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Genoveffa Franchini

Dr. Genoveffa Franchini received her M.D. in 1977 from the University of Modena, Italy, and is the chief of the Animal Models&Retroviral Vaccines Section of the National Cancer Institute, USA.  She is a world-renowned retrovirologist who has pioneered research on oncogenes and human retroviruses. Dr. Franchini has made significant achievements in retrovirology and translational approaches to prevent human retroviral infections. She has furthered the understanding of HTLV-1 pathogenesis, characterized new viral genes, and explored (Nature 2004) the affect of the host immune response (Nature 2010). Her interest in immunological mechanisms has bettered the understanding of vaccine protection, particularly in the SIV macaque model.  Her accomplishments in HIV vaccine development have secured patent rights to the US Government on the use of poxvirus vectors alone or in combination with DNA. One of the vaccines developed and tested in Dr. Franchini's laboratory is in clinical trials in 16,000 volunteers in Thailand. Dr. Franchini's laboratory genetically characterized SIV (Nature 1987) and defined the regulatory function of HIV-1/2 and SIV genes (Science 1986, 1990). She first demonstrated the importance of Vpr in HIV-1 infectivity in macrophages (PNAS, 1990) and the SIV fusion peptide (Science, 1989). Her work in immunological mechanisms furthered the understanding of vaccine efficacy and protection (Nature Medicine, 2005). In the therapeutic arena, Dr. Franchini provided the first proof of principle that vaccination provides transient benefit to SIV-infected macaques (Nature Medicine, 2001), and she pioneered strategies to down-modulate regulators of immune response in HIV-1-infected individuals.

Oncogenic retrovirus, chronic infection and cancer: Viral strategies that favor viral persistence in humans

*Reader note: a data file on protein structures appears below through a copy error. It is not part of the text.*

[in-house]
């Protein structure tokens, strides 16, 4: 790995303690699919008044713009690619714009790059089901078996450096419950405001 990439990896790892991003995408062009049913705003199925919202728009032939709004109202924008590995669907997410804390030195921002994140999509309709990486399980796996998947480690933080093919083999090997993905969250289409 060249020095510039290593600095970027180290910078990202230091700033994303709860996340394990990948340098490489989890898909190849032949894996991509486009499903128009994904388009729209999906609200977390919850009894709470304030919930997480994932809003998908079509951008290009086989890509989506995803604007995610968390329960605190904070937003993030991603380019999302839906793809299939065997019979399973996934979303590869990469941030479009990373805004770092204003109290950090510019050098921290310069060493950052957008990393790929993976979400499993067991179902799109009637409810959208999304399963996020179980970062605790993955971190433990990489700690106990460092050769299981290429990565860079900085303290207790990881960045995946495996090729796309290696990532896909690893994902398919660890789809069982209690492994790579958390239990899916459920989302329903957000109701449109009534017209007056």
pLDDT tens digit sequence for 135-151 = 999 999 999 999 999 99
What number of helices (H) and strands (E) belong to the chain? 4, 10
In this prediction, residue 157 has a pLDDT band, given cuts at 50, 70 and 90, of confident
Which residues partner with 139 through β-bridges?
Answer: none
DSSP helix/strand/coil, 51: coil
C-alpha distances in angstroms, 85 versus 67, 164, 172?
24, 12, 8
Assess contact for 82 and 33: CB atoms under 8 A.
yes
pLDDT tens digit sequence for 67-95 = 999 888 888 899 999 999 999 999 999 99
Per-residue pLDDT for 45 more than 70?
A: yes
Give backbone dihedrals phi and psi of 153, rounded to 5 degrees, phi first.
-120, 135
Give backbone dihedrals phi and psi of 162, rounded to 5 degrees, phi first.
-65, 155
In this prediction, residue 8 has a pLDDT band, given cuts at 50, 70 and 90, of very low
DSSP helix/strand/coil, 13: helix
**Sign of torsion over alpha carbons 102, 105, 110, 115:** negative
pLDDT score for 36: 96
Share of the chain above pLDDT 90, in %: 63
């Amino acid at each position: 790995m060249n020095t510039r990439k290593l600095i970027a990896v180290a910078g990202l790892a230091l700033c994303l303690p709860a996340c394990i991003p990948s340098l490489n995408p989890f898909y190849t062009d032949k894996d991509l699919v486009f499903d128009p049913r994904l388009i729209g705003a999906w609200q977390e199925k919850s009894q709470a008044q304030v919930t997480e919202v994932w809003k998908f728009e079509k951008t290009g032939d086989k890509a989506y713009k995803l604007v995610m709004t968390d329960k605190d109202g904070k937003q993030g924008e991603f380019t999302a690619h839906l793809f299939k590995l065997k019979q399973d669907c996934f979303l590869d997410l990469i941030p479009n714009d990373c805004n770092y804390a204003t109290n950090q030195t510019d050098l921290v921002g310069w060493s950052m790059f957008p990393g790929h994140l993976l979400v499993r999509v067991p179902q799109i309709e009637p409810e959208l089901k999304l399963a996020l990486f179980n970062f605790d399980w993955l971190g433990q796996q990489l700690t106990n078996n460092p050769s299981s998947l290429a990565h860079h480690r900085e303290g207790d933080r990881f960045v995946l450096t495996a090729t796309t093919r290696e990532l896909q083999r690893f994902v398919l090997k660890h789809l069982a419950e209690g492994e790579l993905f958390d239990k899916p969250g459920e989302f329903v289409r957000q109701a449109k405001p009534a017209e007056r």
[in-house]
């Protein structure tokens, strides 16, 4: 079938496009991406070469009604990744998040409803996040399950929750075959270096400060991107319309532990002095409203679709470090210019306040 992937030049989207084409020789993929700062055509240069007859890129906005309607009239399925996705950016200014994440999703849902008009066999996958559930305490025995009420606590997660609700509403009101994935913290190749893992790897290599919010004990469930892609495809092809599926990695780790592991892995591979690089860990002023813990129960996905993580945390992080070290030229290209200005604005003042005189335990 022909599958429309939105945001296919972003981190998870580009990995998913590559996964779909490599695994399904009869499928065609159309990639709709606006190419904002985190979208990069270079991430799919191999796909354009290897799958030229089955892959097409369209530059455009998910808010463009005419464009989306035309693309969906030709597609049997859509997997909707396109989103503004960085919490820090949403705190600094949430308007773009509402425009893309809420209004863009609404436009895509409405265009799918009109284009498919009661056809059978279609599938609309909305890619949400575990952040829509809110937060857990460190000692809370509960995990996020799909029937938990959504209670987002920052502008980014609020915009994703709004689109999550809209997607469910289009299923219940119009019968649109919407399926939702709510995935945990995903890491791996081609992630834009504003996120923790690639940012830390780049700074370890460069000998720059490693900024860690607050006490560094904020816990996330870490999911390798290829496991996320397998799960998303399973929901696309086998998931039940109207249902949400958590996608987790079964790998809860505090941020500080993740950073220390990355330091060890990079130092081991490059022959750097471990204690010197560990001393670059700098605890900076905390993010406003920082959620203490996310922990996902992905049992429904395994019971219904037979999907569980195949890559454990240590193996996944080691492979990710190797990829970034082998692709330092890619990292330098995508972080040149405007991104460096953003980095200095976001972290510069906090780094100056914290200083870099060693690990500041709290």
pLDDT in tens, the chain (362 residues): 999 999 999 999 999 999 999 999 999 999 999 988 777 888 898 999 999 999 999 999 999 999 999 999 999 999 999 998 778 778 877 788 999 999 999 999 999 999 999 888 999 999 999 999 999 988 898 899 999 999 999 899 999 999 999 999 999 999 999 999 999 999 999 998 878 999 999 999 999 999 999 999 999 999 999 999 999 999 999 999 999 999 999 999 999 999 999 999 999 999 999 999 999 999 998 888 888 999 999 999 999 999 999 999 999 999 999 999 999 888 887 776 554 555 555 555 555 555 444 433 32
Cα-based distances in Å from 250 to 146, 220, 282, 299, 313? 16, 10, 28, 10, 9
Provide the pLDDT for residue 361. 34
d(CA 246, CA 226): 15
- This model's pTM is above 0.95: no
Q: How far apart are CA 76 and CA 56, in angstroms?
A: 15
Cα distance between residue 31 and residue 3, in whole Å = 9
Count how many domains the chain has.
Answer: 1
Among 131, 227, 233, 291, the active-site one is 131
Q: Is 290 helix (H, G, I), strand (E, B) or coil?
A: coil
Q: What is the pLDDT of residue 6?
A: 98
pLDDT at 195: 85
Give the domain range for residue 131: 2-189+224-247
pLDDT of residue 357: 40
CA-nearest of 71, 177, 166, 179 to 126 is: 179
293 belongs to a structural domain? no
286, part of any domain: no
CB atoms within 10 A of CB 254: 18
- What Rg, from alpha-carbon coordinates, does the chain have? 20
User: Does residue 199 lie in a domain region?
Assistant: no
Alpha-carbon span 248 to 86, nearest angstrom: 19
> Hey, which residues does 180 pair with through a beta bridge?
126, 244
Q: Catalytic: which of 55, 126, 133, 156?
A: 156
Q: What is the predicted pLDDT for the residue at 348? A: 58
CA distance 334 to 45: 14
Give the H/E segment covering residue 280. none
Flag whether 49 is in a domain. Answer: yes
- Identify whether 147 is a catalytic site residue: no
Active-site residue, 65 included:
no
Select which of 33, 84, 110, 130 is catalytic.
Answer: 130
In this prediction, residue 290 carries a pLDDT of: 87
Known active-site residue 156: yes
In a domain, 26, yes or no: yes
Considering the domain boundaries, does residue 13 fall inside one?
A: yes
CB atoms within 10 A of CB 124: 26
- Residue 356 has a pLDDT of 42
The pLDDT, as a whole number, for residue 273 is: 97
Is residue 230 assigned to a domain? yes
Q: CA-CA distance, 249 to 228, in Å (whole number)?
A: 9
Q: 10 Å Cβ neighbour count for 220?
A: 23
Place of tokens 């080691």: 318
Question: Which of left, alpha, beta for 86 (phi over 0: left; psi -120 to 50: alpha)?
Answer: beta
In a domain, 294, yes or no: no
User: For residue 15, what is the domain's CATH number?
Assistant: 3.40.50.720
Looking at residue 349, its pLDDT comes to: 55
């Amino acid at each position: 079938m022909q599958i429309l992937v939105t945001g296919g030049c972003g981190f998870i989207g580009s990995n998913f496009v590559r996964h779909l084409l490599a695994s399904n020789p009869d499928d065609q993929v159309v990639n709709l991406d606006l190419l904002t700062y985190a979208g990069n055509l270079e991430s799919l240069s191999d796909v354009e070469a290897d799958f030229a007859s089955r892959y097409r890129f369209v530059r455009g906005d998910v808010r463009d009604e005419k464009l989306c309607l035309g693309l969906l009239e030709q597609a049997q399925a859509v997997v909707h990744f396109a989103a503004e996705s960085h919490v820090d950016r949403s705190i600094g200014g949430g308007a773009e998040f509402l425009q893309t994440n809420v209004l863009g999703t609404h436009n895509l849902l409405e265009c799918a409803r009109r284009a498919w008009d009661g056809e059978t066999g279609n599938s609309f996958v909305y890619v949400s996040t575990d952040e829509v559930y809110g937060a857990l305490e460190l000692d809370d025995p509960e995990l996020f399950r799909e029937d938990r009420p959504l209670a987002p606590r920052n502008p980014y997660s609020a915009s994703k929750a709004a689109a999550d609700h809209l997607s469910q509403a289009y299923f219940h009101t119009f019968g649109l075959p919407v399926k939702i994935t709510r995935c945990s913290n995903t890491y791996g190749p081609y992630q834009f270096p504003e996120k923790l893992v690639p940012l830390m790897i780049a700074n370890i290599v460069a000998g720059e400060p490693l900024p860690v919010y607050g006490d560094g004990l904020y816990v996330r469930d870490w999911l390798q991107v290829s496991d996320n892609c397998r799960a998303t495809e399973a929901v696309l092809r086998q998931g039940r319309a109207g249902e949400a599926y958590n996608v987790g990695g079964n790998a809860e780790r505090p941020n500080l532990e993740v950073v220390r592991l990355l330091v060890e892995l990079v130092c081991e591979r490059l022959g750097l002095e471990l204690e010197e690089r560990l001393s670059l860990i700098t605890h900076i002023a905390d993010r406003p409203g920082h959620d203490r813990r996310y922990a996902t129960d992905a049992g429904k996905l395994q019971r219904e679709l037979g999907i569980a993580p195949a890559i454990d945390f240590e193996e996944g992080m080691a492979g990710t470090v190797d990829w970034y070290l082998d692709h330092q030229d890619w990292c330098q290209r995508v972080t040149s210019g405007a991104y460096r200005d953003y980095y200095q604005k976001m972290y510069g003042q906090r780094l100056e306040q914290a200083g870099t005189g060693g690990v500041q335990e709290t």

Human T-cell leukemia/Lymphoma virus type 1(HTLV-1) infects about twenty  million people worldwide. HTLV-1 is more frequent in some area of the world; for example 1% of the inhabitants of Kyushu, an island of Japan, are infected by HTLV-1.The virus was first isolated in the late Seventies at the National Cancer Institute from a patient that had Adult T-cell leukemia/Lymphoma (ATLL). HTLV-1 causes not only ATLL but also a neurological disease that results in paralysis of the lower limbs, designated Tropical Spastic Parapharesis/ HTLV-1 associated Myelopathy(TSP/HAM). However, disease occurs only in approximately 2% of the infected individuals in their life time. HTLV-1 is the first oncogenic retrovirus found in humans. Like the other known human retroviruses, such as the Human Immune Deficiency Virus type 1 and 2(HIV-1 and HIV-2) that cause Acquired Immune Deficiency (AIDS),HTLV-1 has a complex genome that encodes several structural and non structural proteins. HTLV-1 associated oncogenicity does not appear to be due to insertional mutagenesis. Rather, the expression of viral proteins  in the virus-infected T- cells increases their survival and  their ability to escape immune  recognition. A current hypothesis for HTL1 leukemogenesis is that HTLV-1, by prolonging the life of the infected T-cells, may favor the accumulation of genetic lesions that  ultimately  cause  the uncontrolled growth of T-cell and leukemia. Thus, the identification  of the viral genetic determinant that prolong the life of the infected T-cells and favors viral persistence is important because it may provide several targets to inhibit virus spreading in the host and the subsequent cancer development.

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